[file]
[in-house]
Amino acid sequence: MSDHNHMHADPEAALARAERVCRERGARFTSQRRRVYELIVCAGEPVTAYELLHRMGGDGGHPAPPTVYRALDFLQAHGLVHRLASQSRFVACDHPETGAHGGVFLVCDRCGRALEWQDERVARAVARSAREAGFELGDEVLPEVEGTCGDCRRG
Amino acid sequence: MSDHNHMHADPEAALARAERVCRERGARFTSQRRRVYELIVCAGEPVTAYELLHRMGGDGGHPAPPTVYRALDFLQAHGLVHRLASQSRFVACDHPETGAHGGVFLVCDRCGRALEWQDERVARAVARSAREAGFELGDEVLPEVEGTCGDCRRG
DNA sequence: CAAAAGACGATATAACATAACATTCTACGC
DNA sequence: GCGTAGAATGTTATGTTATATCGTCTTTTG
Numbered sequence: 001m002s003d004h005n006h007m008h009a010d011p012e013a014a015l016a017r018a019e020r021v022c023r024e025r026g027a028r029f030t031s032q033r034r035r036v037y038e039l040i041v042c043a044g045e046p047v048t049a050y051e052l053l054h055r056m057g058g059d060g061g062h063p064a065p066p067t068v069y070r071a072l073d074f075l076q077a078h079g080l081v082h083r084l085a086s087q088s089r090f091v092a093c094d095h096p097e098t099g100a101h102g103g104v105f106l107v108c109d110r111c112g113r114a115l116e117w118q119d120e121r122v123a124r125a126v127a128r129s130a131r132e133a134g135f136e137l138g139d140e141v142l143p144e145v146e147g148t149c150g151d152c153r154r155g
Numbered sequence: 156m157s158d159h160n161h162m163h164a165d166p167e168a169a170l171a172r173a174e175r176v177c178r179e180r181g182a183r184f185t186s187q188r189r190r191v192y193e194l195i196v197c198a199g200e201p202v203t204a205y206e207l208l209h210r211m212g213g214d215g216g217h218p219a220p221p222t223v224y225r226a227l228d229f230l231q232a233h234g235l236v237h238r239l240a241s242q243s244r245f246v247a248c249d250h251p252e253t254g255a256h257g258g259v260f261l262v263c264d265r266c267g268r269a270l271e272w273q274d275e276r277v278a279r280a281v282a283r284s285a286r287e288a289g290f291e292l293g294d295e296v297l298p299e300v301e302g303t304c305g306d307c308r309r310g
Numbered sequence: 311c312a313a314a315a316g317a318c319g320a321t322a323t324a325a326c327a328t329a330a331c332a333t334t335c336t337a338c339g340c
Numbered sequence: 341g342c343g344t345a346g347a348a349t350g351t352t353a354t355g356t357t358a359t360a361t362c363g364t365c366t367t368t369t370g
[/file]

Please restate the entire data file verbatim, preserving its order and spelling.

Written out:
[in-house]
Amino acid sequence: MSDHNHMHADPEAALARAERVCRERGARFTSQRRRVYELIVCAGEPVTAYELLHRMGGDGGHPAPPTVYRALDFLQAHGLVHRLASQSRFVACDHPETGAHGGVFLVCDRCGRALEWQDERVARAVARSAREAGFELGDEVLPEVEGTCGDCRRG
Amino acid sequence: MSDHNHMHADPEAALARAERVCRERGARFTSQRRRVYELIVCAGEPVTAYELLHRMGGDGGHPAPPTVYRALDFLQAHGLVHRLASQSRFVACDHPETGAHGGVFLVCDRCGRALEWQDERVARAVARSAREAGFELGDEVLPEVEGTCGDCRRG
DNA sequence: CAAAAGACGATATAACATAACATTCTACGC
DNA sequence: GCGTAGAATGTTATGTTATATCGTCTTTTG
Numbered sequence: 001m002s003d004h005n006h007m008h009a010d011p012e013a014a015l016a017r018a019e020r021v022c023r024e025r026g027a028r029f030t031s032q033r034r035r036v037y038e039l040i041v042c043a044g045e046p047v048t049a050y051e052l053l054h055r056m057g058g059d060g061g062h063p064a065p066p067t068v069y070r071a072l073d074f075l076q077a078h079g080l081v082h083r084l085a086s087q088s089r090f091v092a093c094d095h096p097e098t099g100a101h102g103g104v105f106l107v108c109d110r111c112g113r114a115l116e117w118q119d120e121r122v123a124r125a126v127a128r129s130a131r132e133a134g135f136e137l138g139d140e141v142l143p144e145v146e147g148t149c150g151d152c153r154r155g
Numbered sequence: 156m157s158d159h160n161h162m163h164a165d166p167e168a169a170l171a172r173a174e175r176v177c178r179e180r181g182a183r184f185t186s187q188r189r190r191v192y193e194l195i196v197c198a199g200e201p202v203t204a205y206e207l208l209h210r211m212g213g214d215g216g217h218p219a220p221p222t223v224y225r226a227l228d229f230l231q232a233h234g235l236v237h238r239l240a241s242q243s244r245f246v247a248c249d250h251p252e253t254g255a256h257g258g259v260f261l262v263c264d265r266c267g268r269a270l271e272w273q274d275e276r277v278a279r280a281v282a283r284s285a286r287e288a289g290f291e292l293g294d295e296v297l298p299e300v301e302g303t304c305g306d307c308r309r310g
Numbered sequence: 311c312a313a314a315a316g317a318c319g320a321t322a323t324a325a326c327a328t329a330a331c332a333t334t335c336t337a338c339g340c
Numbered sequence: 341g342c343g344t345a346g347a348a349t350g351t352t353a354t355g356t357t358a359t360a361t362c363g364t365c366t367t368t369t370g